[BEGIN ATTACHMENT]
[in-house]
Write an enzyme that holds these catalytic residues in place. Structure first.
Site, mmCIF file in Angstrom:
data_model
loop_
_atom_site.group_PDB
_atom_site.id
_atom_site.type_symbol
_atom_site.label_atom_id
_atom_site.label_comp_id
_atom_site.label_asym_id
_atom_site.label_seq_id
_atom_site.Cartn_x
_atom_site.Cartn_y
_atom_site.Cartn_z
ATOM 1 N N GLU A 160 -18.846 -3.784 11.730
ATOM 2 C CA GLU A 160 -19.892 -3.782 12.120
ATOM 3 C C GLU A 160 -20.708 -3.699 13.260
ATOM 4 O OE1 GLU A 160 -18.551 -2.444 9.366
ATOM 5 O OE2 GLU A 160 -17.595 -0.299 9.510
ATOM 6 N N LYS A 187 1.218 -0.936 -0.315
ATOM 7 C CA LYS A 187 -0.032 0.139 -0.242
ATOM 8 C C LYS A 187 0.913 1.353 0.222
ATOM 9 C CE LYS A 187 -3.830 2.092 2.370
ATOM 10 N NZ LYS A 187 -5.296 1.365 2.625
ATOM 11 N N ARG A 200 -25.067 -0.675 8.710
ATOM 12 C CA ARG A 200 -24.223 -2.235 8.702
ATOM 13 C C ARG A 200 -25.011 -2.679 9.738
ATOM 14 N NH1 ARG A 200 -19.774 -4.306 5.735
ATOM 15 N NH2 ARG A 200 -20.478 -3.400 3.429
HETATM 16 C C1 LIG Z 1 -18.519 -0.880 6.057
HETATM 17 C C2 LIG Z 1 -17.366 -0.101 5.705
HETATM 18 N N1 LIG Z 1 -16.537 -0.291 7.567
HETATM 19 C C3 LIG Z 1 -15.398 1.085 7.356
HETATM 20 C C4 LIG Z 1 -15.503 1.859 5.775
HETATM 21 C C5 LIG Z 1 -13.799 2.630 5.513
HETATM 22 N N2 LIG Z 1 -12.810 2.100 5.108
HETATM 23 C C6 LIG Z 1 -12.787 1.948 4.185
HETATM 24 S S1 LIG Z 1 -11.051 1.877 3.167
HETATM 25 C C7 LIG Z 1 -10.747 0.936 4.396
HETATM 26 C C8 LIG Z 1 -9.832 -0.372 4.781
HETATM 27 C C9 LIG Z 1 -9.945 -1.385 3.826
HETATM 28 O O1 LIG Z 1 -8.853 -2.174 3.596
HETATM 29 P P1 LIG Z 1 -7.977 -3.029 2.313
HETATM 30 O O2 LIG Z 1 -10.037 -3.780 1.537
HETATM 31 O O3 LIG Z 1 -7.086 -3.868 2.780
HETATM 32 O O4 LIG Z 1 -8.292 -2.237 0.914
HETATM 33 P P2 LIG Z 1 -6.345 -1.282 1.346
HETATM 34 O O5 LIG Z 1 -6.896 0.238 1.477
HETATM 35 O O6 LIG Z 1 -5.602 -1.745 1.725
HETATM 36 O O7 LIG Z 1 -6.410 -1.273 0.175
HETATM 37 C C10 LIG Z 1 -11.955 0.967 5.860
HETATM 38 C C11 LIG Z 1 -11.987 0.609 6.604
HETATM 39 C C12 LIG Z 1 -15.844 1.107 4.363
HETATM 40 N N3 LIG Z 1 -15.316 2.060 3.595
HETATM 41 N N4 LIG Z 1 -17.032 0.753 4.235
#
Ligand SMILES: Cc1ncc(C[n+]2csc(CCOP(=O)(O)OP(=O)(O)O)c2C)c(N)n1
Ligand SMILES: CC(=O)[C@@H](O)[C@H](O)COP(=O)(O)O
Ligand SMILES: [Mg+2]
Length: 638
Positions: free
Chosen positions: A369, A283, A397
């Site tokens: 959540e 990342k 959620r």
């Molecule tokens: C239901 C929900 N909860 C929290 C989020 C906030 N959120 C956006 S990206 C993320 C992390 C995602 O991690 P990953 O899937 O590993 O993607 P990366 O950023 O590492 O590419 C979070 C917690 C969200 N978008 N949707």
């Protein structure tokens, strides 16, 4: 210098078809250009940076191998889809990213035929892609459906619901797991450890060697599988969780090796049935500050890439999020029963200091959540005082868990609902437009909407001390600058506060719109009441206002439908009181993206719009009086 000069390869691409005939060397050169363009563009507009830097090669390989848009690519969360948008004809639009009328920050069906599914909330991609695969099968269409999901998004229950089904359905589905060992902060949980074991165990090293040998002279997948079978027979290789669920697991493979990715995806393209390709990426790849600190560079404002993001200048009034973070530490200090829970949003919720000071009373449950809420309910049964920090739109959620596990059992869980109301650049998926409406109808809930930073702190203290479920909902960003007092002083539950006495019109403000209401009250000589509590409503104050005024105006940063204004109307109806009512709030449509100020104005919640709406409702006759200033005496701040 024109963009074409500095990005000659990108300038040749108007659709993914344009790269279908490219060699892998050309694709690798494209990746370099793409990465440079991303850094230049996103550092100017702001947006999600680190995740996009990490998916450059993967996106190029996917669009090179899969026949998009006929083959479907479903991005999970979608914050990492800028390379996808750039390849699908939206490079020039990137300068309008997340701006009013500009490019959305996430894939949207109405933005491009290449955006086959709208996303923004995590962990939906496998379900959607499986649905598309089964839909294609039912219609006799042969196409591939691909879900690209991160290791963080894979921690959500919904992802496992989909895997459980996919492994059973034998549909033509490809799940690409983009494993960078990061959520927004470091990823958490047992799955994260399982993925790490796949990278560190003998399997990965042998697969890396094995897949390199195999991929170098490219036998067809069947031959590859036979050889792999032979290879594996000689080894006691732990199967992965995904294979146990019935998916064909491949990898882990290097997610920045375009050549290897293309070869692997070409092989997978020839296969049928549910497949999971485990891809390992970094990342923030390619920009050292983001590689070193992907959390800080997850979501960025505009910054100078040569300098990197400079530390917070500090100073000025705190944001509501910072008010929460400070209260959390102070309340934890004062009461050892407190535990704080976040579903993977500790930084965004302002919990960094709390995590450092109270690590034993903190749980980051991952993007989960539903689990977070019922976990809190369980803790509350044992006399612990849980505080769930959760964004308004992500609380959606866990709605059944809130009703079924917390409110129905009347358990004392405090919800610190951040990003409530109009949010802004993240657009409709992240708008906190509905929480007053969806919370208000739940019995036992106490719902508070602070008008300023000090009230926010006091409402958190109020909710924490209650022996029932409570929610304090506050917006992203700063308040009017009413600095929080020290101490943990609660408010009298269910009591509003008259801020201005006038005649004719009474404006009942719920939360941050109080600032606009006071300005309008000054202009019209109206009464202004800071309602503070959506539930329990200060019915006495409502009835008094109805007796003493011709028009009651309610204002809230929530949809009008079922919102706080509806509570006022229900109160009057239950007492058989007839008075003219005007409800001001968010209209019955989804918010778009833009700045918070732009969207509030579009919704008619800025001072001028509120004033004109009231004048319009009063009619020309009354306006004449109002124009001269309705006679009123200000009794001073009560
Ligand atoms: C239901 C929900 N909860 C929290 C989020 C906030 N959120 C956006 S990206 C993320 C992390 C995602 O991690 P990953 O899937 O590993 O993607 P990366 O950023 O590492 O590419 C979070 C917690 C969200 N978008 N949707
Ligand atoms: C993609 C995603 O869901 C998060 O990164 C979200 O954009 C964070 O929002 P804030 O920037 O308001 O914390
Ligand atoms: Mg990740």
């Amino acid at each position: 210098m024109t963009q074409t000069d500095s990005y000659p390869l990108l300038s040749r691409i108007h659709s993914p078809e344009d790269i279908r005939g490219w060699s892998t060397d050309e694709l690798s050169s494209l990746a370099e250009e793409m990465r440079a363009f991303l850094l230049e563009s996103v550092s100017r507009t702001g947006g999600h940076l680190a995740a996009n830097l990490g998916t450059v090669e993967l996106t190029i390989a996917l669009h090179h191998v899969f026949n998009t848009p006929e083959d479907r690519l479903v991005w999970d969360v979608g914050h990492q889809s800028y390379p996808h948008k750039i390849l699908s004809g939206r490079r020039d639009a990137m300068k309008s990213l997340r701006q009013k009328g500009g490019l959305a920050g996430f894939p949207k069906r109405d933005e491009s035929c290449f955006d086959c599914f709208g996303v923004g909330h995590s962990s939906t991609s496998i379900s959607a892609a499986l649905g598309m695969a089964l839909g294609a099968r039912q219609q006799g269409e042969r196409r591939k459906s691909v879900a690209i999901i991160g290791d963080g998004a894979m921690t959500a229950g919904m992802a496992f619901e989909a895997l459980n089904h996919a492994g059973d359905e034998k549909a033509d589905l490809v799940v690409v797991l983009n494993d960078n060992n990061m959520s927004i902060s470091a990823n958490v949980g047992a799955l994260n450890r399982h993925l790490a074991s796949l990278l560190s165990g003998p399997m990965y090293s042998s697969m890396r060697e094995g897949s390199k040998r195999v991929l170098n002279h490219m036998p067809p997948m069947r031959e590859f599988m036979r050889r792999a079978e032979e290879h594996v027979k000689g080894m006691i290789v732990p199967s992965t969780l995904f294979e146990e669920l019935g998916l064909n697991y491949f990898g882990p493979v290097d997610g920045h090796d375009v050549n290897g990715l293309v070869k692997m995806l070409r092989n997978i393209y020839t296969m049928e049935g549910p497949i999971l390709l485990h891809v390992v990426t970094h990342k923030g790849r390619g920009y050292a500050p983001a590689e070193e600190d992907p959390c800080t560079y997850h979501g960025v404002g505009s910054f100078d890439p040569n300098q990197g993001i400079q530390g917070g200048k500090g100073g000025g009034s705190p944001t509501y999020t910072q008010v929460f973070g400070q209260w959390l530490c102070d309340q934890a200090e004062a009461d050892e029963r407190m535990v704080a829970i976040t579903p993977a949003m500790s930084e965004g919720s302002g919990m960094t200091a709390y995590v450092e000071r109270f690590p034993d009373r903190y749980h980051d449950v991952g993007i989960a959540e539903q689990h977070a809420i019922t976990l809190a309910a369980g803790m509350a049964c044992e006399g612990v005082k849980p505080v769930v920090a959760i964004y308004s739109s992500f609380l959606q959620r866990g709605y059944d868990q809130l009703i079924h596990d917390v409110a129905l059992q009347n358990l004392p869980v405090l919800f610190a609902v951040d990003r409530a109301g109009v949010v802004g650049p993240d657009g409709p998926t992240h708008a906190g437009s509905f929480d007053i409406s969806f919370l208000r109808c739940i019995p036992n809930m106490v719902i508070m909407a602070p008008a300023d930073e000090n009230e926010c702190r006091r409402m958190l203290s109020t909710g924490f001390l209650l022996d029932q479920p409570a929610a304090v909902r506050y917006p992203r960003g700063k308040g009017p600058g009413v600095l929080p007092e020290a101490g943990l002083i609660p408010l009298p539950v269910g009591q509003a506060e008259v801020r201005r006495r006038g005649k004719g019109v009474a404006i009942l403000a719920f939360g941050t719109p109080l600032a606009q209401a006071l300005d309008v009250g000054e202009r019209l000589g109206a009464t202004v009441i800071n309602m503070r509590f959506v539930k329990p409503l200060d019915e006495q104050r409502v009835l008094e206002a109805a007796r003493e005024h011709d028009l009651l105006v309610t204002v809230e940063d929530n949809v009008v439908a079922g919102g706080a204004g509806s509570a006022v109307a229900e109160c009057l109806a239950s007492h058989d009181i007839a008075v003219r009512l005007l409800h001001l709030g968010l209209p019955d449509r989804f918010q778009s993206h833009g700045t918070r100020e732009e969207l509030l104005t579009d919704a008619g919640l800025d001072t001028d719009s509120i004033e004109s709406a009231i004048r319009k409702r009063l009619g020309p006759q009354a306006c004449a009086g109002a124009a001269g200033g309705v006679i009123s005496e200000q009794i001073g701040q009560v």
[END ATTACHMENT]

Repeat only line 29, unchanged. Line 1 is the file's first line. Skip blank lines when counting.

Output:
ATOM 14 N NH1 ARG A 200 -19.774 -4.306 5.735